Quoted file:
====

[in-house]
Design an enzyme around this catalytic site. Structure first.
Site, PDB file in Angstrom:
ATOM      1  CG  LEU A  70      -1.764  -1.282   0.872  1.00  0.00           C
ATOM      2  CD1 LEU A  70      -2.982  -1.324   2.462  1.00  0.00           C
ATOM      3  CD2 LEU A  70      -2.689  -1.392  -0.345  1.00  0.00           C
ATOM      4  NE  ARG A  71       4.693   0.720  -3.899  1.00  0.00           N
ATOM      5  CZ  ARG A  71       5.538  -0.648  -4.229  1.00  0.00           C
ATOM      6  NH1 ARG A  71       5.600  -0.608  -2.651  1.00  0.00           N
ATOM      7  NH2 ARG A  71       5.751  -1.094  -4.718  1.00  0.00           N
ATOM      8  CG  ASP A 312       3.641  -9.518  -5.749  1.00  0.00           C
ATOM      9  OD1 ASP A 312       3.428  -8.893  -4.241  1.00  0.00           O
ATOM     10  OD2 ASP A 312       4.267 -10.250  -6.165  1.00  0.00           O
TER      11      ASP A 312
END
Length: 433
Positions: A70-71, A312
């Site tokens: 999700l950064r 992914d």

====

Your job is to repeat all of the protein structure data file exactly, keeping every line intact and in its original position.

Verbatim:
[in-house]
Design an enzyme around this catalytic site. Structure first.
Site, PDB file in Angstrom:
ATOM      1  CG  LEU A  70      -1.764  -1.282   0.872  1.00  0.00           C
ATOM      2  CD1 LEU A  70      -2.982  -1.324   2.462  1.00  0.00           C
ATOM      3  CD2 LEU A  70      -2.689  -1.392  -0.345  1.00  0.00           C
ATOM      4  NE  ARG A  71       4.693   0.720  -3.899  1.00  0.00           N
ATOM      5  CZ  ARG A  71       5.538  -0.648  -4.229  1.00  0.00           C
ATOM      6  NH1 ARG A  71       5.600  -0.608  -2.651  1.00  0.00           N
ATOM      7  NH2 ARG A  71       5.751  -1.094  -4.718  1.00  0.00           N
ATOM      8  CG  ASP A 312       3.641  -9.518  -5.749  1.00  0.00           C
ATOM      9  OD1 ASP A 312       3.428  -8.893  -4.241  1.00  0.00           O
ATOM     10  OD2 ASP A 312       4.267 -10.250  -6.165  1.00  0.00           O
TER      11      ASP A 312
END
Length: 433
Positions: A70-71, A312
């Site tokens: 999700l950064r 992914d």